An initiative to help teachers improve instruction will disappear from Sumner schools next year, a casualty of hard budget times.
The Sumner district’s 13 schools will lose the district’s 12.5 professional development specialist wokers, who helped fellow teachers evaluate instruction, analyze student test scores and develop new strategies to help children learn, said Debbie Campbell, the district’s executive director of business services.
It’s one of the many cost-saving measures to close a $3.5 million shortfall between falling revenues and rising expenses in the Sumner School District’s 2009-10 budget. School Board members recently approved the $75.7 million general fund budget. The amount is $471,000 less than last year’s.
District officials foresee stable enrollment in the coming year. The budget estimates the district’s head count will come in at 7,766 students this fall, 10 more than in the just-completed academic year.
But like districts statewide, Sumner’s anticipated revenues will decline as a result of the state’s $9 billion budget gap for the coming two years.
“We had to make some hard decisions,” Campbell said. “It was a districtwide effort from our administrators … down to the custodians.”
The budget incorporates the loss of nine certificated positions through attrition, leaving the full-time-equivalent of nearly 502 teachers, principals and other staff with a certificate.
Year-round nonteaching employees, such as custodians, will lose two work days over winter break, and the pay that would have gone with those days.
The biggest revenue hit is to Initiative 728 funding from the state that must be spent on staff training, full-day kindergarten, class-size reduction or other specified uses.
The district anticipates receiving $1.6 million in I-728 dollars, a $2.5 million drop from this school year. Staff and programs once funded through those dollars that will now be cut include the professional development specialist positions, plus other staff who helped struggling high school students as well as scholarship money for full-day kindergarten tuition.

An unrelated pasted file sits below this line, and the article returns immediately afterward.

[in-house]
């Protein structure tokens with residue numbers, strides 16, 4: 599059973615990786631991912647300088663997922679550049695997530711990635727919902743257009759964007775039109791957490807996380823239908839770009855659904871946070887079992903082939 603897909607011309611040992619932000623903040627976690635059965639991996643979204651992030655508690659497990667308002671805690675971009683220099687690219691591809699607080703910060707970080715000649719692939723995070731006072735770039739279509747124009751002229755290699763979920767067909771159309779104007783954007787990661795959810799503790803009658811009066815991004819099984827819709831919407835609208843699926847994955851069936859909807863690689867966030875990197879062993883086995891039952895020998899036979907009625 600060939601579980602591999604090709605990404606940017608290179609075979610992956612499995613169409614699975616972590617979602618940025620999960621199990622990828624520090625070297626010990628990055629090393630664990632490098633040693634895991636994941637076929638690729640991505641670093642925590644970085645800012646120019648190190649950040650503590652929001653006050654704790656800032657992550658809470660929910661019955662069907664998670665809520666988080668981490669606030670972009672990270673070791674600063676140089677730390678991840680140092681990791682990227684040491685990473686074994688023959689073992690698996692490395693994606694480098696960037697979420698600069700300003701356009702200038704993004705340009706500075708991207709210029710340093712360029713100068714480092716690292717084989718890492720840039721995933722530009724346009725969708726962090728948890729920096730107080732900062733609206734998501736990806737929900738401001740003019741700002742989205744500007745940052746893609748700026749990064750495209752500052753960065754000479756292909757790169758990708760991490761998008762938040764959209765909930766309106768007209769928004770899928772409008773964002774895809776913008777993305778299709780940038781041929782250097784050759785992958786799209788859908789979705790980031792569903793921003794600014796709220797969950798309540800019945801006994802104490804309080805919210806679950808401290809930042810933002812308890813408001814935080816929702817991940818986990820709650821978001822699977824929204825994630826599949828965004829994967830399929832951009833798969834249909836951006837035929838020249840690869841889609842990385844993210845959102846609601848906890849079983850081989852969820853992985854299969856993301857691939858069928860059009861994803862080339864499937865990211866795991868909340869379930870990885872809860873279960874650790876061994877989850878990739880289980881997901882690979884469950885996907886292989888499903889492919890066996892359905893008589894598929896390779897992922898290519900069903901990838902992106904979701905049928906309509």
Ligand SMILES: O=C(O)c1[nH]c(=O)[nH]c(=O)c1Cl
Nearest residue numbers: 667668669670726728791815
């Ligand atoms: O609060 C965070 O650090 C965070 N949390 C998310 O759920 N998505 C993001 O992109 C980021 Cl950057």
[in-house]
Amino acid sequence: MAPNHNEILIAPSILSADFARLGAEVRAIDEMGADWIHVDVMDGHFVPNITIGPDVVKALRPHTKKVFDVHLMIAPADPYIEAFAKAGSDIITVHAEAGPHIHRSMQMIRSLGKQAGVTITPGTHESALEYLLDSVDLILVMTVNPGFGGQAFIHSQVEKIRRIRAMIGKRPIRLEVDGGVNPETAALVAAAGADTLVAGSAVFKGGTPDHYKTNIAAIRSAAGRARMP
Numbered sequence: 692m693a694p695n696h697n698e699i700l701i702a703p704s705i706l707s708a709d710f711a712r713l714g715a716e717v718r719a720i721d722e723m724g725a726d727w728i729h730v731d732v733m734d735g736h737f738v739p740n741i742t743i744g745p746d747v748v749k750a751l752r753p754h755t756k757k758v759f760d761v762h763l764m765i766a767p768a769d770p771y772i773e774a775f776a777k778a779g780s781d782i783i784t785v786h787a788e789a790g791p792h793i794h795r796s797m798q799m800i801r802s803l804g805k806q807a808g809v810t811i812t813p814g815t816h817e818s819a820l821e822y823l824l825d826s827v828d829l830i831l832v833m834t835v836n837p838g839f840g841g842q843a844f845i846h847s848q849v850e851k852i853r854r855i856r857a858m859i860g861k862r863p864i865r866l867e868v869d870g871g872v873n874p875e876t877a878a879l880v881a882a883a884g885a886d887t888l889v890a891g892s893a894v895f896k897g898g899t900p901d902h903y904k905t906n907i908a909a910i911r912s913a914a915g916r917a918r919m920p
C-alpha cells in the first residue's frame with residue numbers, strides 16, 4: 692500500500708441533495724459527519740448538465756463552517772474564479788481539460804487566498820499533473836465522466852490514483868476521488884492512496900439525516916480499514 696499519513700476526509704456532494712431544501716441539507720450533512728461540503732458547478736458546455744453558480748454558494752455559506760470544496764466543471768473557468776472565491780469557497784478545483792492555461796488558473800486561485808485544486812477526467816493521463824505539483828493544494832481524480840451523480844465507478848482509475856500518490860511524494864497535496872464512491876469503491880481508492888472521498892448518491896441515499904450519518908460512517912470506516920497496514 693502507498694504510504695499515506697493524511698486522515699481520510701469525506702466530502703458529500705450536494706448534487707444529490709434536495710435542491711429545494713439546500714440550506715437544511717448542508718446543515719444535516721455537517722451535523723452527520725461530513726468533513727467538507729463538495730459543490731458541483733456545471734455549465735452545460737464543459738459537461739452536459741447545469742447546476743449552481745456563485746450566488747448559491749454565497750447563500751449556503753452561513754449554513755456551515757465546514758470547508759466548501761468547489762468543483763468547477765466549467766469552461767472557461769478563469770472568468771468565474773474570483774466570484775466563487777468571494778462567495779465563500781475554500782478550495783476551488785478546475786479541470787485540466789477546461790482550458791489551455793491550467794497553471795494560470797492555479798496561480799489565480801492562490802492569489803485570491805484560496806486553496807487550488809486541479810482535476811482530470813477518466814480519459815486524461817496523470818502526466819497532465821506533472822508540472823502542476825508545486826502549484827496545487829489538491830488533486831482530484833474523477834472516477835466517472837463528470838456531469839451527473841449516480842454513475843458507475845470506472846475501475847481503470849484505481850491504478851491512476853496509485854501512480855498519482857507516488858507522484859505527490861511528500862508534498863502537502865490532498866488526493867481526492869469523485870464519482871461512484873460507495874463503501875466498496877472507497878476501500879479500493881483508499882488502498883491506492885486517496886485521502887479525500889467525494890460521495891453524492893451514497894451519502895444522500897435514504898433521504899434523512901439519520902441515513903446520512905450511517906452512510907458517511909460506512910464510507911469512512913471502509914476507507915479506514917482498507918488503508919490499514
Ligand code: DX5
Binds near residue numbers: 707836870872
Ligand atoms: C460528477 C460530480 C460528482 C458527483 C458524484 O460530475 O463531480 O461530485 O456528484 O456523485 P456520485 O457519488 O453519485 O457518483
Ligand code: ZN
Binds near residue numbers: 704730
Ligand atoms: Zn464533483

Staff who worked as professional development specialists last year will become classroom teachers this year.
“The most significant thing we’ll have to work on is how do we keep professional development going?” Campbell said.
Numerous changes are in store for students in sports and activities, too. At each of the district’s two comprehensive high schools, boys and girls will combine into the same team in golf; same with cross-country. Both high schools’ water polo teams will combine into one district team.
Among the many other cost-cutting measures:
• Elimination of one staff position at the swimming pool, leaving three staff members and shorter hours for public swimming.
• Elimination of a Sumner Middle School dean of students position.
• Leaving a human resources vacancy unfilled.
• Leaving a professional development administrator vacancy unfilled.
• Reducing assistant coaches in several sports, including one on each of the two high schools’ football teams.
• Requiring students in more activities, including dramatic productions, to pay the $25-per-activity fee. The fee, however, isn’t rising.
• Combining practices of the two high schools’ dance and drill teams, allowing teams to use the same adviser.
To see the 2009-10 budget, go to www.sumner.wednet.edu.
Debby Abe: 253-597-8694